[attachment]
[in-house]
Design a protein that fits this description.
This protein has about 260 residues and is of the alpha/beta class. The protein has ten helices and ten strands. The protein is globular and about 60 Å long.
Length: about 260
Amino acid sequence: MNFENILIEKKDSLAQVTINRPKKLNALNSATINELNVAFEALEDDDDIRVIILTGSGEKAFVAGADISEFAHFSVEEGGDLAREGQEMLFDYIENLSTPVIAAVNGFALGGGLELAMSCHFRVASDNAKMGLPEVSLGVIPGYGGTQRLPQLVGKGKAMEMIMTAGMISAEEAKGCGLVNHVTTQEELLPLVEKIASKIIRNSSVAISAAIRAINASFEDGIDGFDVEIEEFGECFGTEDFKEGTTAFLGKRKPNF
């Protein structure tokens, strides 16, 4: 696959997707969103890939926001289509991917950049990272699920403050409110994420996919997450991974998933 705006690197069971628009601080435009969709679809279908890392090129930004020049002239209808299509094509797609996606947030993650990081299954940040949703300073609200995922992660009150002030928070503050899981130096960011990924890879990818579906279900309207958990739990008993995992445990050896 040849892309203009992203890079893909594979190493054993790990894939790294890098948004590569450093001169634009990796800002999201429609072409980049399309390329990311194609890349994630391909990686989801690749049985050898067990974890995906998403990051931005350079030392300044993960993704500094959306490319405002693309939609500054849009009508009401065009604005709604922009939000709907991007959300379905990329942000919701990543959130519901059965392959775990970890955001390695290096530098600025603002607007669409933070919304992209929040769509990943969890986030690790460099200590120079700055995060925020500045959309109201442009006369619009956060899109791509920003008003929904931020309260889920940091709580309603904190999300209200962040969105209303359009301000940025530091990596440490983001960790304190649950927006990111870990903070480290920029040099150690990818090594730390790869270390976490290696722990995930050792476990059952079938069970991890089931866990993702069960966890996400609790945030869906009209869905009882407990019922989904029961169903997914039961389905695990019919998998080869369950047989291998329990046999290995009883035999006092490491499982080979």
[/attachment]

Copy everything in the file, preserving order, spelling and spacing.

[in-house]
Design a protein that fits this description.
This protein has about 260 residues and is of the alpha/beta class. The protein has ten helices and ten strands. The protein is globular and about 60 Å long.
Length: about 260
Amino acid sequence: MNFENILIEKKDSLAQVTINRPKKLNALNSATINELNVAFEALEDDDDIRVIILTGSGEKAFVAGADISEFAHFSVEEGGDLAREGQEMLFDYIENLSTPVIAAVNGFALGGGLELAMSCHFRVASDNAKMGLPEVSLGVIPGYGGTQRLPQLVGKGKAMEMIMTAGMISAEEAKGCGLVNHVTTQEELLPLVEKIASKIIRNSSVAISAAIRAINASFEDGIDGFDVEIEEFGECFGTEDFKEGTTAFLGKRKPNF
């Protein structure tokens, strides 16, 4: 696959997707969103890939926001289509991917950049990272699920403050409110994420996919997450991974998933 705006690197069971628009601080435009969709679809279908890392090129930004020049002239209808299509094509797609996606947030993650990081299954940040949703300073609200995922992660009150002030928070503050899981130096960011990924890879990818579906279900309207958990739990008993995992445990050896 040849892309203009992203890079893909594979190493054993790990894939790294890098948004590569450093001169634009990796800002999201429609072409980049399309390329990311194609890349994630391909990686989801690749049985050898067990974890995906998403990051931005350079030392300044993960993704500094959306490319405002693309939609500054849009009508009401065009604005709604922009939000709907991007959300379905990329942000919701990543959130519901059965392959775990970890955001390695290096530098600025603002607007669409933070919304992209929040769509990943969890986030690790460099200590120079700055995060925020500045959309109201442009006369619009956060899109791509920003008003929904931020309260889920940091709580309603904190999300209200962040969105209303359009301000940025530091990596440490983001960790304190649950927006990111870990903070480290920029040099150690990818090594730390790869270390976490290696722990995930050792476990059952079938069970991890089931866990993702069960966890996400609790945030869906009209869905009882407990019922989904029961169903997914039961389905695990019919998998080869369950047989291998329990046999290995009883035999006092490491499982080979």